Ideas need a hinterland too – a wider landscape they emerge from, draw on, connect to. The healthier, wider, more varied the hinterland, the more connections the idea has to wider realities, the richer, more robust, more joyful and life giving the idea.
People, organisations and companies need hinterlands too – the ‘wrapper’ of other humans and groups and the spaces we live in. Often, this hinterland – these people and places – are really the main point.
So each day we have a choice: are we bringing life to our hinterland, enriching the soil we grow from, or are we growing rich by exploiting it?
I heard someone talking about driverless cars explain that the technical side of things was becoming almost inevitable. In a sense, solving the problem of how to get cars to drive themselves is on its way to being easy.
The hard part is helping the car to decide who to hit if it has an accident.
In an accident a human might have to choose: hit a bus or swerve to hit a car; hit a family on the pavement or a child crossing the road.
These are usually reflex decisions – there may be rights and wrongs but fear clouds judgement and the mistakes people make are inevitable – and ultimately forgivable.
But a car driven by a computer? They might be sent out of control by an accident, but still have billions of computational cycles to make their decision in the seconds before impact. So we can imagine that a driverless car faced with the situation described above could have time to see its options clearly and have time to evaluate them and make a meaningful choice.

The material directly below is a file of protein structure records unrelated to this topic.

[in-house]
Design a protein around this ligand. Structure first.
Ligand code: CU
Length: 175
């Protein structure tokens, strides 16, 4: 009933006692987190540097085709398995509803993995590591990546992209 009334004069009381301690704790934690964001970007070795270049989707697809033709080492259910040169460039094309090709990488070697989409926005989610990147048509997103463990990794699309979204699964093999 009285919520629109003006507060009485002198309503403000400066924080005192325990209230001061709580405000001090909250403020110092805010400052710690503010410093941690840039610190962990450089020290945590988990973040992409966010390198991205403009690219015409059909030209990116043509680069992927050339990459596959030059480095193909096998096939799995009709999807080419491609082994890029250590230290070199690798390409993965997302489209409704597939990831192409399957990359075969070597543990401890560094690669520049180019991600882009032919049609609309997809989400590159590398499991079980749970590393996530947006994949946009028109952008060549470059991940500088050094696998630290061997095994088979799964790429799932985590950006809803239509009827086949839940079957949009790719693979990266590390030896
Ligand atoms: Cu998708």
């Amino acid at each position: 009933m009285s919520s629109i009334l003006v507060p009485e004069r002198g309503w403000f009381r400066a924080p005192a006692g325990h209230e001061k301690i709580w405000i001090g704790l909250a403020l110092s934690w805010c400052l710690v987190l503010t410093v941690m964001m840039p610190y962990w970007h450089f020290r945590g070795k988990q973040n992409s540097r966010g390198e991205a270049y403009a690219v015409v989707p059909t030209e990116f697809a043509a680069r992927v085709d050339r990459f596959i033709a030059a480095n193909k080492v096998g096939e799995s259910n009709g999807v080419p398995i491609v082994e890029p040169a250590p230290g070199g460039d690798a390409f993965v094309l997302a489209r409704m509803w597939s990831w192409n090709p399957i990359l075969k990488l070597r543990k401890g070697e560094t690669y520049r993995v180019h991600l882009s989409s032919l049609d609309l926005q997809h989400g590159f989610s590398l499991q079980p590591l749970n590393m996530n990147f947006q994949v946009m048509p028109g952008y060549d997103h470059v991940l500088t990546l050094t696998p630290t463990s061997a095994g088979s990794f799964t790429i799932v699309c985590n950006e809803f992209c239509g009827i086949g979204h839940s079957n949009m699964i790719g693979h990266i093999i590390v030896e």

What do we teach it to choose? The machine forces us to think harder about our moral choices, as things that weren’t real choices before become so.
And the same is true in education: as things happen faster, as the augmentations (more on augmentation later) expand our power and widen our reach, we ask with greater intensity: who are we empowering? How will they decide to use their power?
When John Acton said “power corrupts, and absolute power corrupts absolutely,” he was wrong, of course. We can’t hold that view and be in love the idea of empowerment at the same time.
Power doesn’t corrupt, per se, but it is an amplifier. Tools, technologies are amplifiers, multiplying the potential of what’s already there. The more powers we have, the more important the moral foundations of our humanity become.